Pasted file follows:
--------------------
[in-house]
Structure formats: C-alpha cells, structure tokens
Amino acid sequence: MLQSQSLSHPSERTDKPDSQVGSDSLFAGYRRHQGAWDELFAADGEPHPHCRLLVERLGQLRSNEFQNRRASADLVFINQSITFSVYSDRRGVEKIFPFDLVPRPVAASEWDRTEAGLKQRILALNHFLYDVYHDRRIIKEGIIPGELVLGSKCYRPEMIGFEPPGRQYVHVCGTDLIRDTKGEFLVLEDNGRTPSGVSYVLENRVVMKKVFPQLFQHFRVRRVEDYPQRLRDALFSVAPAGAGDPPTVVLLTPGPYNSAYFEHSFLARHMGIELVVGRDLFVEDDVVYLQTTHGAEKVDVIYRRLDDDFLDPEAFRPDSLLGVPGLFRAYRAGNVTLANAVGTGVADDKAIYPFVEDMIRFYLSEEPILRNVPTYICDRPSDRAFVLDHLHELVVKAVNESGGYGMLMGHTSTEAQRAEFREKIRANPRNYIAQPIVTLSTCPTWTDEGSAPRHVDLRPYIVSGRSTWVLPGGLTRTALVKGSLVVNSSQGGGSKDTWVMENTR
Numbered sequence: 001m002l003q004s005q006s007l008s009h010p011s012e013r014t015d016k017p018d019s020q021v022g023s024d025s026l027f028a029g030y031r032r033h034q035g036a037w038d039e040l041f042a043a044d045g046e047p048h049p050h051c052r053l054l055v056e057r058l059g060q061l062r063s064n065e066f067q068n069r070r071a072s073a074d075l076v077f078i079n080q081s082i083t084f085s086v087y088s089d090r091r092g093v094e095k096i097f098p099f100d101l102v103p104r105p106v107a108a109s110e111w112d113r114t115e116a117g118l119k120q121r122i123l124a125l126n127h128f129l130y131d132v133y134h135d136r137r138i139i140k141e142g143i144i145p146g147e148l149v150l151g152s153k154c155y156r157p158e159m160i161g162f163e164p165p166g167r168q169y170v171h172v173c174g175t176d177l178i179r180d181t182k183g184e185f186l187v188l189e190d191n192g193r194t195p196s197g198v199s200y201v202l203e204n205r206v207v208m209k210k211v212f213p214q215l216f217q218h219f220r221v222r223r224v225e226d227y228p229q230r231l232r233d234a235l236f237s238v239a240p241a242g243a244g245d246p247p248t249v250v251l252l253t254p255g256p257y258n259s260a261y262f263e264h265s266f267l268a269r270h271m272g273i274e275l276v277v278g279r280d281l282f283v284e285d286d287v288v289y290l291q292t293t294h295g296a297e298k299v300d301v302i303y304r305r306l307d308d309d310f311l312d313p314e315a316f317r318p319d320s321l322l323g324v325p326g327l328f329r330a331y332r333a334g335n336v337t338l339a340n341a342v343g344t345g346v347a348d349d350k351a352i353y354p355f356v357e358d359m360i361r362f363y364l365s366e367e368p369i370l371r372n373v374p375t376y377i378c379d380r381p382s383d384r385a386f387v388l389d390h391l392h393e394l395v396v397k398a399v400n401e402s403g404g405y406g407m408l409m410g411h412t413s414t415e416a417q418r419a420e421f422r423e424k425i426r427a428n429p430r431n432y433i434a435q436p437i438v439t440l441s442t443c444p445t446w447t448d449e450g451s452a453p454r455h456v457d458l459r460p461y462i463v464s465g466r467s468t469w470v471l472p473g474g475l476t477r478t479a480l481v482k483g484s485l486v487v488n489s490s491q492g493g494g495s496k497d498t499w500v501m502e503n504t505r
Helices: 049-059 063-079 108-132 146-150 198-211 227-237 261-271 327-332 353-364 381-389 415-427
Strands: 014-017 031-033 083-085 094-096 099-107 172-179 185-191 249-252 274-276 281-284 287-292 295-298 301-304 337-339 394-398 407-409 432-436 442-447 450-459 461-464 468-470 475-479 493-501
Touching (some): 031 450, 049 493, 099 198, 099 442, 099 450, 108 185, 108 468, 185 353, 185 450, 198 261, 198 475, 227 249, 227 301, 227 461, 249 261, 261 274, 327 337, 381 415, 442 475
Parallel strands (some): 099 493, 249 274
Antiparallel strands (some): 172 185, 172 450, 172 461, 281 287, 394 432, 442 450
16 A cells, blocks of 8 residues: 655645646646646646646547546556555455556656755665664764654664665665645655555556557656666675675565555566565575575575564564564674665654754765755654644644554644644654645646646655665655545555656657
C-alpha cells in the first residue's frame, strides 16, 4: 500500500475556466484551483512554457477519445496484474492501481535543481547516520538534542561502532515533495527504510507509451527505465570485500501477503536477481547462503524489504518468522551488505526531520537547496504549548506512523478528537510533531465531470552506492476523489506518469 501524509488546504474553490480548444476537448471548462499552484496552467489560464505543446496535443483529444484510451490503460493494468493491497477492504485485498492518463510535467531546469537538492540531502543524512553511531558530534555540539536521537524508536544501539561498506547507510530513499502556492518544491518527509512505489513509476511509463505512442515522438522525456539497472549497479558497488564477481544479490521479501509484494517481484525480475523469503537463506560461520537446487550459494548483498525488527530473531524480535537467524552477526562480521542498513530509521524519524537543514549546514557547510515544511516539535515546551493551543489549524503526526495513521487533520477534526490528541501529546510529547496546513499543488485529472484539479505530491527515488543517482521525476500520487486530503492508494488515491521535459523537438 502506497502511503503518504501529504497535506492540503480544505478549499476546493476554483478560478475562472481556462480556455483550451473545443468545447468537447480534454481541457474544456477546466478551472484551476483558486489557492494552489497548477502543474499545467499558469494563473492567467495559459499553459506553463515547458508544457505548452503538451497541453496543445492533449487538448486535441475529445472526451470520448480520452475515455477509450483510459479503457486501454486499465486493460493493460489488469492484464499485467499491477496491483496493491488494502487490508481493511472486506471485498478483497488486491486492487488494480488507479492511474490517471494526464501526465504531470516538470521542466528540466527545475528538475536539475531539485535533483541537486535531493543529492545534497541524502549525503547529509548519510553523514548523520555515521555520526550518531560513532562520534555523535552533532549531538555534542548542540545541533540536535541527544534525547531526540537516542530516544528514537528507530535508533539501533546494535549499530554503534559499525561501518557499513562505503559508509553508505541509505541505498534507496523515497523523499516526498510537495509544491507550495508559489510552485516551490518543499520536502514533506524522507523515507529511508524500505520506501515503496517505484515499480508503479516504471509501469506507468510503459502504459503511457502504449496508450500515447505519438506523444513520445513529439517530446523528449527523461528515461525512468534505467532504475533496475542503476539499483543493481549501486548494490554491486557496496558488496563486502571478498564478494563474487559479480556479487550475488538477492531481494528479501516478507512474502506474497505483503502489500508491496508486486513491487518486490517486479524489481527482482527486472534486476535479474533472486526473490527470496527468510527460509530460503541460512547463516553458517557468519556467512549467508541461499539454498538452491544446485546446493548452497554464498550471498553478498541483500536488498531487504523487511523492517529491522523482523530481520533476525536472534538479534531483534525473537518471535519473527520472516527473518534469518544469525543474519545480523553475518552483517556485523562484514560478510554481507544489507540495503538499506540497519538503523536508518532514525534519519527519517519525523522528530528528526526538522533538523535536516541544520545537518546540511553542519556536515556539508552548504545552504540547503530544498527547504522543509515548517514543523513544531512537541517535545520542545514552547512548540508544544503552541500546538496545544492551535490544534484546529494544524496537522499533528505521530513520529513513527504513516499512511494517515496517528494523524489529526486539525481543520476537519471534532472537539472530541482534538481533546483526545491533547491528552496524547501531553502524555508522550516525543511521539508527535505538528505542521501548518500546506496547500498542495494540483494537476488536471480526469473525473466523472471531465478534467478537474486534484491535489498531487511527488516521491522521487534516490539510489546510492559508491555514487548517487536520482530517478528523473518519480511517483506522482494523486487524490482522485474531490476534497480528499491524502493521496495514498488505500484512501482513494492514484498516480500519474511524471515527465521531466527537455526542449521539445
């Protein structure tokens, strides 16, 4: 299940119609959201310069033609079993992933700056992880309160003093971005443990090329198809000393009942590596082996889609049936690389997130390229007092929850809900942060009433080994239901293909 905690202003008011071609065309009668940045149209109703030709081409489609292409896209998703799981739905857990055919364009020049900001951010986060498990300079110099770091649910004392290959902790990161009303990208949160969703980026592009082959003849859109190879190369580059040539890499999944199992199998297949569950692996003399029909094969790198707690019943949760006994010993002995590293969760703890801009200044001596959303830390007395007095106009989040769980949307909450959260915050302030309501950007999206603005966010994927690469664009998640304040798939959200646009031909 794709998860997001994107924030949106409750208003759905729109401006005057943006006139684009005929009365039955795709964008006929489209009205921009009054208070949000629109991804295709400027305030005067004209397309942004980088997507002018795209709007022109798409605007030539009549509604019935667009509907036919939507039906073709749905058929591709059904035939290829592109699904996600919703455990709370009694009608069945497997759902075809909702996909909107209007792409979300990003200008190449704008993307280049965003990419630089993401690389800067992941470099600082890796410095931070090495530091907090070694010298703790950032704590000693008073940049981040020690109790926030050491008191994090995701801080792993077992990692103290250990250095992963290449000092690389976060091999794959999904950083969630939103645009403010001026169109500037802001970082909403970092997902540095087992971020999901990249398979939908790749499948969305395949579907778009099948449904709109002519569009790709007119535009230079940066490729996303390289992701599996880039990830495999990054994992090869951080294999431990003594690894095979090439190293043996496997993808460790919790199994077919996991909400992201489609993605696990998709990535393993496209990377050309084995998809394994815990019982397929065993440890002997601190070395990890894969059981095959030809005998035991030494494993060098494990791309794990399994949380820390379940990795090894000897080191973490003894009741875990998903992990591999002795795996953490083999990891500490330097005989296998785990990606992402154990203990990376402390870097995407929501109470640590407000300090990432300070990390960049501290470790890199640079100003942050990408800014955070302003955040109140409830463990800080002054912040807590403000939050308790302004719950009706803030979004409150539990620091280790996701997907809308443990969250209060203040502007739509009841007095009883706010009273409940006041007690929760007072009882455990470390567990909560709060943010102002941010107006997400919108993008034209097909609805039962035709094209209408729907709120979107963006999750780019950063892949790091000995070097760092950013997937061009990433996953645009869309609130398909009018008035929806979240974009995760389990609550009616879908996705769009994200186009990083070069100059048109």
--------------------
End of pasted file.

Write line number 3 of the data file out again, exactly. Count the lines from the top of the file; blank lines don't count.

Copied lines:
Amino acid sequence: MLQSQSLSHPSERTDKPDSQVGSDSLFAGYRRHQGAWDELFAADGEPHPHCRLLVERLGQLRSNEFQNRRASADLVFINQSITFSVYSDRRGVEKIFPFDLVPRPVAASEWDRTEAGLKQRILALNHFLYDVYHDRRIIKEGIIPGELVLGSKCYRPEMIGFEPPGRQYVHVCGTDLIRDTKGEFLVLEDNGRTPSGVSYVLENRVVMKKVFPQLFQHFRVRRVEDYPQRLRDALFSVAPAGAGDPPTVVLLTPGPYNSAYFEHSFLARHMGIELVVGRDLFVEDDVVYLQTTHGAEKVDVIYRRLDDDFLDPEAFRPDSLLGVPGLFRAYRAGNVTLANAVGTGVADDKAIYPFVEDMIRFYLSEEPILRNVPTYICDRPSDRAFVLDHLHELVVKAVNESGGYGMLMGHTSTEAQRAEFREKIRANPRNYIAQPIVTLSTCPTWTDEGSAPRHVDLRPYIVSGRSTWVLPGGLTRTALVKGSLVVNSSQGGGSKDTWVMENTR